Maps at Year’s End

Kenneth Field has posted his favourite maps from the past year—something he’s been doing since 2013. Quite a diverse set, from the Johns Hopkins coronavirus dashboard to a Lego model of Manhattan: you won’t have seen all of them.

CityLab has posted a selection of reader maps that explore how their lives were affected by 2020. Coronavirus, change and disruption are recurring themes. “We hope these maps offer readers a sense of solace and solidarity, a chance for reflection or provocation, and perhaps even a breath of creative inspiration.” (Previously: CityLab Wants Your Homemade Map of 2020.)

CityLab Wants Your Homemade Map of 2020

Earlier this year CityLab invited readers to submit maps of their life under lockdown. Now they’re soliciting reader maps again, with a slightly expanded focus: 2020 in general. (Which, in general, was a year: how do you represent that cartographically? That’s the idea.)

We’re inviting you, our readers, to create a homemade map of your life, community, workplace or broader surroundings as you experienced them in 2020. Show us how the extraordinary changes of this year have shown up in your life. Or, try to envision how this year will impact 2021. Perhaps you want to map the city you hope to see—changes in architecture, transportation or public space—or how you imagine, hope or fear humanity might be changed due to this collectively lived experience.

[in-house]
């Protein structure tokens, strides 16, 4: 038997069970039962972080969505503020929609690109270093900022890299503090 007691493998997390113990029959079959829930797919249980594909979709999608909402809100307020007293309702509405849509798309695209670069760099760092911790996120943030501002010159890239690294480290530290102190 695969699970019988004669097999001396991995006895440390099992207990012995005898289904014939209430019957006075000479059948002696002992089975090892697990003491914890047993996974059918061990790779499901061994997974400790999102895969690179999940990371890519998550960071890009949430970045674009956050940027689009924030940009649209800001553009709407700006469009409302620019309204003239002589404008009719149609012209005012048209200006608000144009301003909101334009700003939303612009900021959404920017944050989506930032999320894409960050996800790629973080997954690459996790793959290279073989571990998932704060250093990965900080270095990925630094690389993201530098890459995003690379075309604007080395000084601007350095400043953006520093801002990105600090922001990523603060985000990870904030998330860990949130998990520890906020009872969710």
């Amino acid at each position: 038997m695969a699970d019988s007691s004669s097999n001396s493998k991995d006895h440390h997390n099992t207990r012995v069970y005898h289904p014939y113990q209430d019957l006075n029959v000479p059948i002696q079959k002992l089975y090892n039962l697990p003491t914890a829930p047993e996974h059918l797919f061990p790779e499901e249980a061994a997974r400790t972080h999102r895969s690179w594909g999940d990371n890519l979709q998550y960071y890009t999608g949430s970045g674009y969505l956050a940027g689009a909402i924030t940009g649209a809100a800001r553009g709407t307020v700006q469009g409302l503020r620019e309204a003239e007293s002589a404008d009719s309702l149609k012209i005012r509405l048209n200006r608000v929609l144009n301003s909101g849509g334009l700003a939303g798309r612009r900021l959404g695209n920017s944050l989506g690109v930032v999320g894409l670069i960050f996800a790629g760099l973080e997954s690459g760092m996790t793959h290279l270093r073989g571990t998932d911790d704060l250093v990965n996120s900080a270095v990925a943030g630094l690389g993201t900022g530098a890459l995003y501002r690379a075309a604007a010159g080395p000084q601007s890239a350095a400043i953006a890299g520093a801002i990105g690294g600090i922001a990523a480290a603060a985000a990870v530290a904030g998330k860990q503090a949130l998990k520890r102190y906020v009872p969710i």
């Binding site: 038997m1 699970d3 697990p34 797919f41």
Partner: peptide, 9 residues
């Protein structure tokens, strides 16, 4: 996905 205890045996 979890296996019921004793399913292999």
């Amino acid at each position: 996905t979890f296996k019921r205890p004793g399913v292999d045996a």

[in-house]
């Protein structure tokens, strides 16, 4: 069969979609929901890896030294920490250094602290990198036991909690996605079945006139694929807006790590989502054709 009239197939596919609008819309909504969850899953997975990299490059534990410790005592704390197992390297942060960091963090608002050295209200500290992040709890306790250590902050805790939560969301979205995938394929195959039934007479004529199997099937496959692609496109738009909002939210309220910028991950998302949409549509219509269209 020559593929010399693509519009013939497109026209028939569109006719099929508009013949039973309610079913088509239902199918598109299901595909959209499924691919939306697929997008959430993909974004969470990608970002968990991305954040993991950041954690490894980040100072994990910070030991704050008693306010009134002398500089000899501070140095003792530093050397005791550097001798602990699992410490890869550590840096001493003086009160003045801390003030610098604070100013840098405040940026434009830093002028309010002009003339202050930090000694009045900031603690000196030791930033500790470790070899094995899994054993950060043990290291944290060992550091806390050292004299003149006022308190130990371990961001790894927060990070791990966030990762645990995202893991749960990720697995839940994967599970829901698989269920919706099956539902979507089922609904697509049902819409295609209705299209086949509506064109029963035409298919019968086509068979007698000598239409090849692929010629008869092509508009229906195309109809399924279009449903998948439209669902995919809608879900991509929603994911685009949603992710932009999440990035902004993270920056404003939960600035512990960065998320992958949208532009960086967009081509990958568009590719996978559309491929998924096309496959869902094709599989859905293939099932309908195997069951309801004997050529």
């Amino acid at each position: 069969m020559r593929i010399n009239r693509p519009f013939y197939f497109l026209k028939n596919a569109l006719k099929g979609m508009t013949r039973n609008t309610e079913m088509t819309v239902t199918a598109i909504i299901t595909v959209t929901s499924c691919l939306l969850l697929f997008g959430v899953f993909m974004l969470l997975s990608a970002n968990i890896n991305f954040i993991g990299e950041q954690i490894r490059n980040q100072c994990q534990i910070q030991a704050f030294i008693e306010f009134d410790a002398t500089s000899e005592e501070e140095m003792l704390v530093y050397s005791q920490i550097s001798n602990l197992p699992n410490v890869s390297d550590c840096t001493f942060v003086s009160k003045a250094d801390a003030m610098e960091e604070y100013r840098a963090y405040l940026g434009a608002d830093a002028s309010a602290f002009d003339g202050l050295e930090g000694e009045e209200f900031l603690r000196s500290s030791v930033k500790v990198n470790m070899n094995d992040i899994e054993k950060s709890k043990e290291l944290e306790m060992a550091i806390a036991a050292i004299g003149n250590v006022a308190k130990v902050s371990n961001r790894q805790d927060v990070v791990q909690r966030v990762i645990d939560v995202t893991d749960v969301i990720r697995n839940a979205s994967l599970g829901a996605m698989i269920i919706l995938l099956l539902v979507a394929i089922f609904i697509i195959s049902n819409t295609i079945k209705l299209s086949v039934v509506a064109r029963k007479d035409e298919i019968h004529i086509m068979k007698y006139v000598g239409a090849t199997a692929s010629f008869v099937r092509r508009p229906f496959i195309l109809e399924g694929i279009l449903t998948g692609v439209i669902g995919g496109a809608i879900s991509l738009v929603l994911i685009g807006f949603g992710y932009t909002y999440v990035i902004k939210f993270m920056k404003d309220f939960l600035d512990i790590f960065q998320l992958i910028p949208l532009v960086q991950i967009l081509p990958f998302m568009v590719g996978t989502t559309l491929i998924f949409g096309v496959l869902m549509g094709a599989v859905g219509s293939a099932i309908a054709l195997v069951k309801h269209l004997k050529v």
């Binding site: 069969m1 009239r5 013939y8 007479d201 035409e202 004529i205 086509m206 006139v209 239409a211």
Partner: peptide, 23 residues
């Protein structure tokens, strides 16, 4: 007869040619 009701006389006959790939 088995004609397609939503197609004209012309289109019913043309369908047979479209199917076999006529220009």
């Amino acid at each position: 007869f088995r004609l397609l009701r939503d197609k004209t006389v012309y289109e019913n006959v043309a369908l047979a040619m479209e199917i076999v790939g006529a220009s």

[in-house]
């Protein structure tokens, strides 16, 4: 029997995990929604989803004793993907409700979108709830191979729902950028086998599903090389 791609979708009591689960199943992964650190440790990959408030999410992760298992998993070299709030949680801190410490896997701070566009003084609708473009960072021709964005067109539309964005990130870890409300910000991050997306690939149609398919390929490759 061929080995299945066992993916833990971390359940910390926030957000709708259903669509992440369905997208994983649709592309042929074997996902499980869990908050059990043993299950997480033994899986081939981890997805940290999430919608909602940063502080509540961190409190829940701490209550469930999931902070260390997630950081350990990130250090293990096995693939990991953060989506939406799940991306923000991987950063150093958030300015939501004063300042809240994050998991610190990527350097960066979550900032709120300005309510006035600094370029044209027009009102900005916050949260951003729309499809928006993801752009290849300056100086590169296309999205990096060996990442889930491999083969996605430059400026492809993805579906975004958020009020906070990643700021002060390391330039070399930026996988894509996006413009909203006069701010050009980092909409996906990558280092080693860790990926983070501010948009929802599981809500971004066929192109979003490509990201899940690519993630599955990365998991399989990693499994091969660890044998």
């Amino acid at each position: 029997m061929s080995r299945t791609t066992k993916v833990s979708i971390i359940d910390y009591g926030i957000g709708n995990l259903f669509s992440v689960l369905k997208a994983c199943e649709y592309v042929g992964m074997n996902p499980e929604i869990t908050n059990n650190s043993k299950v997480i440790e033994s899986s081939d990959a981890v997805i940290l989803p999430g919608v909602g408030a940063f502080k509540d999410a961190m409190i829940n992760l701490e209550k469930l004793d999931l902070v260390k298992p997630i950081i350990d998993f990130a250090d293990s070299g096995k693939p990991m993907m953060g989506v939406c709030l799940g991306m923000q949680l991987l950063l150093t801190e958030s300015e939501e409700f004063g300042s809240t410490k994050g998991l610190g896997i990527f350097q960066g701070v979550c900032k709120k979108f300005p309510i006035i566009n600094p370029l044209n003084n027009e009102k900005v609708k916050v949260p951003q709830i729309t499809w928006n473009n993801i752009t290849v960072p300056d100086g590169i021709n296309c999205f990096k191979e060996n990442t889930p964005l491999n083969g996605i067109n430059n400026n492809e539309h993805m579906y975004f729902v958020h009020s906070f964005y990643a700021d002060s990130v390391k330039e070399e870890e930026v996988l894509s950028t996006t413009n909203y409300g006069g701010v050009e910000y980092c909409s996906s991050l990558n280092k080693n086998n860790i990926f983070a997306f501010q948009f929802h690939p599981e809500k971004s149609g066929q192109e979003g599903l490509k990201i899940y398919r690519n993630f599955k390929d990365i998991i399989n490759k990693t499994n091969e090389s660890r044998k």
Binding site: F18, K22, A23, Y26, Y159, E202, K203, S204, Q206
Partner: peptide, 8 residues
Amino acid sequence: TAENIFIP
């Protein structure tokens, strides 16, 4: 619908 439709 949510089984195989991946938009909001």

Deadline is Monday, 7 December.

Previously: CityLab Wants Your Hand-Drawn Quarantine Maps; Maps from Isolation.

CityLab Wants Your Hand-Drawn Quarantine Maps

CityLab is asking readers to send them hand-made maps of their life under quarantine.

We’re inviting readers to draw a map of your life, community, or broader world as you experience it under coronavirus. Your map can be as straightforward or subjective as you wish. You might show key destinations, beloved neighbors, a new daily routine, the people or restaurants you miss, the future city you hope to see, or anything else that’s become important to you right now. It might even be a map of your indoor life. For an added challenge, try drawing from memory.

Deadline is 20 April, with a selection of submissions to be featured in a future article.

Prior art would include Fuller’s quarantine maps and Kera Till’s “Commuting in Corona Times” (previously).

Internet Access, Online Learning and COVID-19

Lack of Internet Access
Marie Patino/Bloomberg (CityLab)

CityLab maps the percentage of U.S. households with no internet access by school district—an increasingly important number as schools close to deal with the COVID-19 pandemic, and explore online classes as an alternative delivery system in the meantime. That’s a problem for kids who don’t have internet at home—and an even bigger problem where more kids are in that situation.1